Spring has sprung, at least for most of us, which means sundresses, seersucker and boozy croquet parties on the front lawn. Goodbye happy lamp, hello mimosa.
But it’s not just champagne that’s lifting our spirits and banishing the wintertime blues. According to Salon.com (and a team of researchers from the University of Southern California, Harvard and Johns Hopkins) mental illnesses — such as obsessive compulsive disorder, depression and anorexia — are far more seasonal than we think.
“The epidemiologists, led by John Ayers, combed through every Google search performed in the United States and Australia between 2006 and 2010, looking for queries like “symptoms of” and “medications for” OCD, anxiety, ADHD, bipolar, depression, anorexia, bulimia and schizophrenia.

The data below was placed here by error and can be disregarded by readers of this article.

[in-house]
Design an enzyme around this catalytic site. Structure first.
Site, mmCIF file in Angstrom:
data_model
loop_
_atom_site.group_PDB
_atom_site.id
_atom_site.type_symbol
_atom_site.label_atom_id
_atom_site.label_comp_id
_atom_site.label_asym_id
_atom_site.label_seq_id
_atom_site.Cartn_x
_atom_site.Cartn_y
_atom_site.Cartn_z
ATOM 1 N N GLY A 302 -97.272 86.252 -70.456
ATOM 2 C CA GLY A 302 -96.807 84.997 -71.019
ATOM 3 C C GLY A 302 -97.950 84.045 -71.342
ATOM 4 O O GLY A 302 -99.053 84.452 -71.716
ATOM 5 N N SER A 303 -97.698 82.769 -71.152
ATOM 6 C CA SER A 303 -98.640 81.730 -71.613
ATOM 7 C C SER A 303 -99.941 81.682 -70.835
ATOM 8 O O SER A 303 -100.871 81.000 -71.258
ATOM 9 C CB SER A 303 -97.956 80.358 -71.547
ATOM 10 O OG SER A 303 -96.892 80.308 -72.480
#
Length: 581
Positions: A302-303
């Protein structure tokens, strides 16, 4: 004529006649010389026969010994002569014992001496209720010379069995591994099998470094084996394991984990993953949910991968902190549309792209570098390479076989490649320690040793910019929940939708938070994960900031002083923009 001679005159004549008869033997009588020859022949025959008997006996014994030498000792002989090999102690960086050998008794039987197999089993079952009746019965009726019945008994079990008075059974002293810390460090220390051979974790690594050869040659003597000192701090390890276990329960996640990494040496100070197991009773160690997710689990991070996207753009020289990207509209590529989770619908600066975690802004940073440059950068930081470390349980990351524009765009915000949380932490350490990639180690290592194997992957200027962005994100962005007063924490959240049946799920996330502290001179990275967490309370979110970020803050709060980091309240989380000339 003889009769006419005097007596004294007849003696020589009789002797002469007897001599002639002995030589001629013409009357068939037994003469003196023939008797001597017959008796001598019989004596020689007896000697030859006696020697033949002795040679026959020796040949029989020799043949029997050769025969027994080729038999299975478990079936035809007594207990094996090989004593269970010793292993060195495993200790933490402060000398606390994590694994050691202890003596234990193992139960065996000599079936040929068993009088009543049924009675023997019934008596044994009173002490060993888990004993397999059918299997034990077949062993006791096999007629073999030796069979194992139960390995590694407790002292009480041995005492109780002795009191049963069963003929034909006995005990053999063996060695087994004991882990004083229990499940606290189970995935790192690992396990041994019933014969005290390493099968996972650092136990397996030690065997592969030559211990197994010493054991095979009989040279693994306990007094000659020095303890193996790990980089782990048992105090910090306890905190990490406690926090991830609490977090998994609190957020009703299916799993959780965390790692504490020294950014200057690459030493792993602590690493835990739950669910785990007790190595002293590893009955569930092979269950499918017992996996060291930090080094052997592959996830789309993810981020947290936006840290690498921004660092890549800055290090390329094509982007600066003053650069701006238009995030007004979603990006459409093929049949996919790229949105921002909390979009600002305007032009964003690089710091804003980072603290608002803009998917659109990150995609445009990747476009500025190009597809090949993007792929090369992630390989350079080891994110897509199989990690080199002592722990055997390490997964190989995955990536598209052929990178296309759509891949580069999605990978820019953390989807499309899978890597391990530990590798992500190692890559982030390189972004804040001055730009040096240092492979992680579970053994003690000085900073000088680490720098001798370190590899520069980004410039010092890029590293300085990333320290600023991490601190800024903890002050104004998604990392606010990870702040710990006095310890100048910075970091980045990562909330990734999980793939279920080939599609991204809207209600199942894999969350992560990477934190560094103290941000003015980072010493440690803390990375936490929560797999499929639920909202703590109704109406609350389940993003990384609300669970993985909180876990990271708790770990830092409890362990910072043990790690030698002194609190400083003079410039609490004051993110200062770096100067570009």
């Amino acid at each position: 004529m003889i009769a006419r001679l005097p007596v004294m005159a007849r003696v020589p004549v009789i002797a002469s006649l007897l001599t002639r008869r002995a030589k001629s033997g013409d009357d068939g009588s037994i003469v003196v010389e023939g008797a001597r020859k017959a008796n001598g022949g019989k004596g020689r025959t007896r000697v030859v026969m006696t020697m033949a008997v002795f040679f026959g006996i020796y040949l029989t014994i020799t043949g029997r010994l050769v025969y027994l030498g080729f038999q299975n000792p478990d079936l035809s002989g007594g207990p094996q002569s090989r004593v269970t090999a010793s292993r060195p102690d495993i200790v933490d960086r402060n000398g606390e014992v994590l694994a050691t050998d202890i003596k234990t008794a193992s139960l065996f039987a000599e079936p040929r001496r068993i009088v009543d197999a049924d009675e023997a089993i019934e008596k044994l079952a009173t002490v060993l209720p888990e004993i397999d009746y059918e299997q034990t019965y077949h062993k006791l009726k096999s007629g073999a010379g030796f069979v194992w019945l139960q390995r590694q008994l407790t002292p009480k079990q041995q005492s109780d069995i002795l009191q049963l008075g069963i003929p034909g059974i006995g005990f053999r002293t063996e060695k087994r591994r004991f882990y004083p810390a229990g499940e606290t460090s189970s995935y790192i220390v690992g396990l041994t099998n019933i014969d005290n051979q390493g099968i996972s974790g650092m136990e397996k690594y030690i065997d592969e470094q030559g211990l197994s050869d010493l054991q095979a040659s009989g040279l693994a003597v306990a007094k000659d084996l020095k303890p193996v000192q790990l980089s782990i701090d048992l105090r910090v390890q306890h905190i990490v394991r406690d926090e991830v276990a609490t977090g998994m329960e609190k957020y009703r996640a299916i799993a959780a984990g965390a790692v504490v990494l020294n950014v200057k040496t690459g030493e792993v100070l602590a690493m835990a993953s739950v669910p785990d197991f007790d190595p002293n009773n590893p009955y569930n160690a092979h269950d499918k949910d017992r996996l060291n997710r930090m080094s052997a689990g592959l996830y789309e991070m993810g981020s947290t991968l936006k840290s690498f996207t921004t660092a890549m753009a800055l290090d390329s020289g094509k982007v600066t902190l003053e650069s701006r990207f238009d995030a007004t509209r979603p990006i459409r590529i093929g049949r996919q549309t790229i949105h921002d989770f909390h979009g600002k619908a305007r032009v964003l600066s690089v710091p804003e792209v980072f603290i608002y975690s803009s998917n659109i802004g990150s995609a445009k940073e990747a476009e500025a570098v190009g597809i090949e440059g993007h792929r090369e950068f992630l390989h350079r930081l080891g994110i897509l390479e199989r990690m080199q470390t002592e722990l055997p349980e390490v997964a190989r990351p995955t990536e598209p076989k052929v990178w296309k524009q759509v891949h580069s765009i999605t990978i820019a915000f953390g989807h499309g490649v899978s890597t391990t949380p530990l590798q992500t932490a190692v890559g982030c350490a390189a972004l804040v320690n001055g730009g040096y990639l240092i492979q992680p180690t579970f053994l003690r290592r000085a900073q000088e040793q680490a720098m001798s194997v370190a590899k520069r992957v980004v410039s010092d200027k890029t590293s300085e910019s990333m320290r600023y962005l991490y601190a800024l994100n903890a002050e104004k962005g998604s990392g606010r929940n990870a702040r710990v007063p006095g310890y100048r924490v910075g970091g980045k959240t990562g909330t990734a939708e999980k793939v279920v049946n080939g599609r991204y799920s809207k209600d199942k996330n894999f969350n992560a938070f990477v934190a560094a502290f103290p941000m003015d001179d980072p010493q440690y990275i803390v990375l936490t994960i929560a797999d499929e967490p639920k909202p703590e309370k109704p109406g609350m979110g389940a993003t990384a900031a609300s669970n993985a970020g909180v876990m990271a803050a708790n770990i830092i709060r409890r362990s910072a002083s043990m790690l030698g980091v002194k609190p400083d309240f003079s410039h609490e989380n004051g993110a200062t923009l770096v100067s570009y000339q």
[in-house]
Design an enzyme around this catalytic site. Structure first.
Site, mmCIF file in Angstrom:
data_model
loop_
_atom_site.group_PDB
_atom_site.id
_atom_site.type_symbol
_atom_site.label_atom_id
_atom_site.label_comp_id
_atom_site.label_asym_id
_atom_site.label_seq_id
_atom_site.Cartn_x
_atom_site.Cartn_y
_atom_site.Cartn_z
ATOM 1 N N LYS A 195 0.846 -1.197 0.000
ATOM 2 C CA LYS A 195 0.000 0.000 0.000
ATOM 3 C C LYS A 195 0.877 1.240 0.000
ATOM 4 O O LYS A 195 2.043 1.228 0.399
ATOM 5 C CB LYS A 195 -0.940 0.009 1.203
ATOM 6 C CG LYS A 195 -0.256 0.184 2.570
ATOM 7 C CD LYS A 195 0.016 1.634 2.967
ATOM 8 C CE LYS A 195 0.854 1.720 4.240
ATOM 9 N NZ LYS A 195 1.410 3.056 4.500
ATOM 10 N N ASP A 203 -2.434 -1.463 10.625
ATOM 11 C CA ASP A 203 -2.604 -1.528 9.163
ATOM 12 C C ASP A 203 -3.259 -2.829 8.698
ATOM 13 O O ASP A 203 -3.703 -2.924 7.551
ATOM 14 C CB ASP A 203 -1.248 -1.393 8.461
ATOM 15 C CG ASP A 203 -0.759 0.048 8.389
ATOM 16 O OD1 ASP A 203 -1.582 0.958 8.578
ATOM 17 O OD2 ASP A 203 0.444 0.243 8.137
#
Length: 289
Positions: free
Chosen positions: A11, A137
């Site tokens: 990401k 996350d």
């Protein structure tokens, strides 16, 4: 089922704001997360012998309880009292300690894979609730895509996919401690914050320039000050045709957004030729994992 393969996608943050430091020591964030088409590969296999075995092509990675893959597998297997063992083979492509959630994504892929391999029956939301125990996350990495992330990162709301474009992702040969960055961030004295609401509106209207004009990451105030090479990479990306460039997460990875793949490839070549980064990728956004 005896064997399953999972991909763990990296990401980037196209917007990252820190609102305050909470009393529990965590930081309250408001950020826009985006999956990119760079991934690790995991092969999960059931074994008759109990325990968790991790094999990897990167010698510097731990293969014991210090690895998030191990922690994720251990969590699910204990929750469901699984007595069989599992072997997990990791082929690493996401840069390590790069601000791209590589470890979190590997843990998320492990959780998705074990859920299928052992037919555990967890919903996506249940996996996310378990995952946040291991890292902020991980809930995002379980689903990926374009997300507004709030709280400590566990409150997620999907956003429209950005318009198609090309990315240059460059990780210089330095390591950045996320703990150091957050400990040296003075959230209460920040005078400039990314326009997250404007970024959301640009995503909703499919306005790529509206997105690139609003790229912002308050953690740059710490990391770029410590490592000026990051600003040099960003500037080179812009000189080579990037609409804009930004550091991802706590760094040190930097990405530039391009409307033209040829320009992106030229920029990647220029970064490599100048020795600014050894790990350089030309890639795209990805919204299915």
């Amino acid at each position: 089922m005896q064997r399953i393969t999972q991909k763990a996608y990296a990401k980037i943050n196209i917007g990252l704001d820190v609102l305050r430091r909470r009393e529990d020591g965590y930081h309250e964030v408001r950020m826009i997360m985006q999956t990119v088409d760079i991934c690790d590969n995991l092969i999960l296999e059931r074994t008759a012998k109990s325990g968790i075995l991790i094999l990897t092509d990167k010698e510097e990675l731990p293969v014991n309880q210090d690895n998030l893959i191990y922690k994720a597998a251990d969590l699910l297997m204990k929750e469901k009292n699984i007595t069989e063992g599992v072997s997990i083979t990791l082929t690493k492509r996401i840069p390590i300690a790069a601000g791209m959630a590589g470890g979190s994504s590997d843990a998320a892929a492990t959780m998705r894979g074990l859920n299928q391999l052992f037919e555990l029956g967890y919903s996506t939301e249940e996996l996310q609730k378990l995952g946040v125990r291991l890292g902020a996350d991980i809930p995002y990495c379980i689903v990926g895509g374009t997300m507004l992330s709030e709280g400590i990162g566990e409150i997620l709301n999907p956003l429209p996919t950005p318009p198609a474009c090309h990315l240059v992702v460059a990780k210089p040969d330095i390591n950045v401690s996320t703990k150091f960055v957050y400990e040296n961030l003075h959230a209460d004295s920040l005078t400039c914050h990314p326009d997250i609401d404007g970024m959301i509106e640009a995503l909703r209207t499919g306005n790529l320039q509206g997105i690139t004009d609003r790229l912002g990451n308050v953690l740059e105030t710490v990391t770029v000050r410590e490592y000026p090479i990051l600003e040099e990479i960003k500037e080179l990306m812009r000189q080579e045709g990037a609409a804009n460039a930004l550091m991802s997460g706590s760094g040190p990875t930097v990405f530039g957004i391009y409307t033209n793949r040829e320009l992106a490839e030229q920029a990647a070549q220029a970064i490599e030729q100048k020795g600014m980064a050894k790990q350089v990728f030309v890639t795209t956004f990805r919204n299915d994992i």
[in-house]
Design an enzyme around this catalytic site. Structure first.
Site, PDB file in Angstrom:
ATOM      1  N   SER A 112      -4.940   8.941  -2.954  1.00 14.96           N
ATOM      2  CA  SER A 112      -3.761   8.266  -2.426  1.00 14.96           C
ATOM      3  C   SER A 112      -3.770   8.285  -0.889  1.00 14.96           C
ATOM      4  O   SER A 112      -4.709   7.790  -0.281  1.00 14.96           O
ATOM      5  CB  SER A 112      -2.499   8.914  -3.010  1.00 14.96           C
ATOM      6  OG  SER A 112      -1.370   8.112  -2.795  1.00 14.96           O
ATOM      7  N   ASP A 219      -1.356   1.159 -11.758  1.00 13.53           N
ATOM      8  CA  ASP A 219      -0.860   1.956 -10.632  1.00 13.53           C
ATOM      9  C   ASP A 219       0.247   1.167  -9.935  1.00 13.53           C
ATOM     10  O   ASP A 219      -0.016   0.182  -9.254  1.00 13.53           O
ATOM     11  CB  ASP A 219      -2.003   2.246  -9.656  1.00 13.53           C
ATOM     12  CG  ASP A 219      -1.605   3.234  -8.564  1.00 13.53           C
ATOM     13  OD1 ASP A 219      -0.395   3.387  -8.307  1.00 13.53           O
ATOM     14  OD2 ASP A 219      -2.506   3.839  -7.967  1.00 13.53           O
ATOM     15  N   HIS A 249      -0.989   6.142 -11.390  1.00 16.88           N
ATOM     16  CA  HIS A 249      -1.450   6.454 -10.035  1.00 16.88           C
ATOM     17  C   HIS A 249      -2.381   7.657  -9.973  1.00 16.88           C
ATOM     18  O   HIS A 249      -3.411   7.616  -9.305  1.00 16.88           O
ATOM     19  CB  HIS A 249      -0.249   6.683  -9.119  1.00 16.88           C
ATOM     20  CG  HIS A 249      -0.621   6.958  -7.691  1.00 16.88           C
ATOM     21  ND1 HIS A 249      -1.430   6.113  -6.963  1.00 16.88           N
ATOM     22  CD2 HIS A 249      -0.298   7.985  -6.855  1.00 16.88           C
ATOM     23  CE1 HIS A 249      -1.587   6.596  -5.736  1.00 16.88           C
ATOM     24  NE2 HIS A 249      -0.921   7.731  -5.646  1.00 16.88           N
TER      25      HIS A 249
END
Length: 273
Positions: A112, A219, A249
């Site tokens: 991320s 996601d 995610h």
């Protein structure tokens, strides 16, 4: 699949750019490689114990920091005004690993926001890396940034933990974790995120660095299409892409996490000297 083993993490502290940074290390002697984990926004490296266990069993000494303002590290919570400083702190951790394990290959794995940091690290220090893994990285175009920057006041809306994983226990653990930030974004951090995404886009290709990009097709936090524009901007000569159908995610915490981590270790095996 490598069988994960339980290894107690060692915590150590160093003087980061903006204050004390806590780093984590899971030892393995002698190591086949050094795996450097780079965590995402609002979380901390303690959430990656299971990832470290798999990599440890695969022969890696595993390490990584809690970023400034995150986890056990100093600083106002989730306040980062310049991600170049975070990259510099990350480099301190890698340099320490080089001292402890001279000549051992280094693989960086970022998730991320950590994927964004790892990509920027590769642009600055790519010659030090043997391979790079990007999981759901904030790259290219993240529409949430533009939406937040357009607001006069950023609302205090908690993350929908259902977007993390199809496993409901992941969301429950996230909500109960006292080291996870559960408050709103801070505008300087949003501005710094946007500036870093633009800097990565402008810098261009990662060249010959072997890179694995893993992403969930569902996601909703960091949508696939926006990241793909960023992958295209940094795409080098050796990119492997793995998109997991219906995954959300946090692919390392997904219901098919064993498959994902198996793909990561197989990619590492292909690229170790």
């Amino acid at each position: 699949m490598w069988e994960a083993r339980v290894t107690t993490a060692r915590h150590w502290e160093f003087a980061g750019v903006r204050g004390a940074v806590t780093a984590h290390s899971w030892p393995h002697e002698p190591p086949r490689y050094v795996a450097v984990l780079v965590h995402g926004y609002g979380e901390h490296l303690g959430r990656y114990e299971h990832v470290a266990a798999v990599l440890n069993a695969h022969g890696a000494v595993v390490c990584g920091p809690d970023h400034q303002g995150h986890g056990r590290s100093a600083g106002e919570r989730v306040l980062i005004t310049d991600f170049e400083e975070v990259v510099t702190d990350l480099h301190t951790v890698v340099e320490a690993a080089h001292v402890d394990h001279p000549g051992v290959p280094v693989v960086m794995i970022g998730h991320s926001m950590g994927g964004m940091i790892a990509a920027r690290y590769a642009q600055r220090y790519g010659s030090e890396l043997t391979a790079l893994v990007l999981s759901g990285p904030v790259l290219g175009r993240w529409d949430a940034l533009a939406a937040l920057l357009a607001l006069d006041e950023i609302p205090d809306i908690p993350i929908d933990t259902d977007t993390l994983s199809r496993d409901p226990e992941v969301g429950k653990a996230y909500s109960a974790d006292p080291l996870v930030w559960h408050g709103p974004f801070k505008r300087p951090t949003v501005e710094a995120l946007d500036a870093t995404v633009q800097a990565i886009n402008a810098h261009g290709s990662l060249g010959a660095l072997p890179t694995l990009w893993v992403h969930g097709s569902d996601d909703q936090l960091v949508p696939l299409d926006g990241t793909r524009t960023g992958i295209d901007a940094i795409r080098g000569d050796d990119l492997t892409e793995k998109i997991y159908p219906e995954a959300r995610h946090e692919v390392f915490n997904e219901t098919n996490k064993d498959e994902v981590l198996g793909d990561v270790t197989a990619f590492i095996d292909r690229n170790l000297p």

“The Internet, the authors note in a study forthcoming in the American Journal of Preventive Medicine, is “the world’s most relied-on health resource. Because of mental health’s complexity, stigma, and obstacles to care, patients are likely to investigate their problems online.” At the same time, tracking a population’s longterm mental health indicators is difficult for epidemiologists; phone surveys are often unreliable — would you want to discuss the voices in your head with a complete stranger? — and cost prohibitive. Google queries, on the other hand, are nakedly honest and free to collect. Continue reading “That crazy time of year”